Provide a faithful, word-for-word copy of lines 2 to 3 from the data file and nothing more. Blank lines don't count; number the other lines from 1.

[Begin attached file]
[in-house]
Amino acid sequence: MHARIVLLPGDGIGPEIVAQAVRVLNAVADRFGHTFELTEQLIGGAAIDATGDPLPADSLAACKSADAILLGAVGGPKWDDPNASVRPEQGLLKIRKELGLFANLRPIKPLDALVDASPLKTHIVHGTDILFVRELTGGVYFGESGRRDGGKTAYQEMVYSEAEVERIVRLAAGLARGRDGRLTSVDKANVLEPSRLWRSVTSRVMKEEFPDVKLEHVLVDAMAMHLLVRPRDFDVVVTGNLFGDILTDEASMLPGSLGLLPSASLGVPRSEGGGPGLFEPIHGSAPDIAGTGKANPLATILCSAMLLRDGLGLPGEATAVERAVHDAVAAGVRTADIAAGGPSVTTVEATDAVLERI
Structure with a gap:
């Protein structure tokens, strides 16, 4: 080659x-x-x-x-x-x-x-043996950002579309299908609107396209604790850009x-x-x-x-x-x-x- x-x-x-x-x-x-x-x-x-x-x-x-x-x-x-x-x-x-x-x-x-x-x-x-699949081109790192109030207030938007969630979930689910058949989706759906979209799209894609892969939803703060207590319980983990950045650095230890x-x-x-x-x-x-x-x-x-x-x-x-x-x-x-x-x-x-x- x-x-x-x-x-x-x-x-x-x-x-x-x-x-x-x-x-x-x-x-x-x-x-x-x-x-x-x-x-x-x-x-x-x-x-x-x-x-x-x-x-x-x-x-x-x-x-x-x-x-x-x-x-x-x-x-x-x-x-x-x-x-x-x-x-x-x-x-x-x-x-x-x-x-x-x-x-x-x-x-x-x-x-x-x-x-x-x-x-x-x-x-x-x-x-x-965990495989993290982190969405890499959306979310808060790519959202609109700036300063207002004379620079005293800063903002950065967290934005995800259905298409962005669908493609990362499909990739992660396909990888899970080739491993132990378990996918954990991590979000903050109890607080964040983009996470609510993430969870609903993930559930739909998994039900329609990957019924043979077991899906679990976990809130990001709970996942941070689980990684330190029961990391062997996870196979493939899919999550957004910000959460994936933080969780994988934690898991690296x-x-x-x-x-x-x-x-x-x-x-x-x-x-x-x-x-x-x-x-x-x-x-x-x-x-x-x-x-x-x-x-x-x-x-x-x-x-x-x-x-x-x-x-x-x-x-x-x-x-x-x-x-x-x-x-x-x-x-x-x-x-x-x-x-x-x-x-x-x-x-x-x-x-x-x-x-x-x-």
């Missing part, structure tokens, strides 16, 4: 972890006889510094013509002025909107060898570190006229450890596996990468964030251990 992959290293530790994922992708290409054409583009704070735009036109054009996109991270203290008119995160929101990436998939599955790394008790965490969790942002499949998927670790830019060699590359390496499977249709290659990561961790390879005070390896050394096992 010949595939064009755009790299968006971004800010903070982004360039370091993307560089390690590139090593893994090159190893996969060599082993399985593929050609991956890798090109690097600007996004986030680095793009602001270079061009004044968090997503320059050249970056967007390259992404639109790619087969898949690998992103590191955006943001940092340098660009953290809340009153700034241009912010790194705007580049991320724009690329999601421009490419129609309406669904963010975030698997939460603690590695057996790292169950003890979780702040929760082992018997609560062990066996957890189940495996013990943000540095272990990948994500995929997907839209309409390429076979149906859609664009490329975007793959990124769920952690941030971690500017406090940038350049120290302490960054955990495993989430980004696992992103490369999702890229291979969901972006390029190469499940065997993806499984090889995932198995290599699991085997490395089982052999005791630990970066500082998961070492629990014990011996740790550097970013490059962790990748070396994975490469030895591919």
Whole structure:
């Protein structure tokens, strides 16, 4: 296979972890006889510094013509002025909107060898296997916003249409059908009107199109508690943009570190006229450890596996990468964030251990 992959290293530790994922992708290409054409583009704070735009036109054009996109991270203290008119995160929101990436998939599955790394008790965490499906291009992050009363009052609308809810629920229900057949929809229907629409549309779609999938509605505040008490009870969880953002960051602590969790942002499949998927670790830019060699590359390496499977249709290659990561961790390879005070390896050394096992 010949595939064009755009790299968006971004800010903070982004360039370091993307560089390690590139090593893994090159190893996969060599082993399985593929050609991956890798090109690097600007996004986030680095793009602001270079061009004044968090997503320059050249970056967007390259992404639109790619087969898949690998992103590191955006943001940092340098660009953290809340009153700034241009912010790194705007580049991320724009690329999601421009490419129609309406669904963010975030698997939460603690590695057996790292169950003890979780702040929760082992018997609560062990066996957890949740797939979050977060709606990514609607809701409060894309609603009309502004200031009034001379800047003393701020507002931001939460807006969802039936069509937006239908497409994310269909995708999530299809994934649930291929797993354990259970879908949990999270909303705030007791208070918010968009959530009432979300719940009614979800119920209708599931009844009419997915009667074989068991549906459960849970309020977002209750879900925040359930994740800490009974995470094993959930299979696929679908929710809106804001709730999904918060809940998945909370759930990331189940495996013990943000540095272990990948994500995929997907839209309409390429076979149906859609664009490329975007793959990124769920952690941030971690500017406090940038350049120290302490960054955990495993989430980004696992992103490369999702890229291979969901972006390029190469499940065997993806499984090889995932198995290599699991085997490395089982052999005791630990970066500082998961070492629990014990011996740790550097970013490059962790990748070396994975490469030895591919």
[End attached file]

Amino acid sequence: MHARIVLLPGDGIGPEIVAQAVRVLNAVADRFGHTFELTEQLIGGAAIDATGDPLPADSLAACKSADAILLGAVGGPKWDDPNASVRPEQGLLKIRKELGLFANLRPIKPLDALVDASPLKTHIVHGTDILFVRELTGGVYFGESGRRDGGKTAYQEMVYSEAEVERIVRLAAGLARGRDGRLTSVDKANVLEPSRLWRSVTSRVMKEEFPDVKLEHVLVDAMAMHLLVRPRDFDVVVTGNLFGDILTDEASMLPGSLGLLPSASLGVPRSEGGGPGLFEPIHGSAPDIAGTGKANPLATILCSAMLLRDGLGLPGEATAVERAVHDAVAAGVRTADIAAGGPSVTTVEATDAVLERI
Structure with a gap: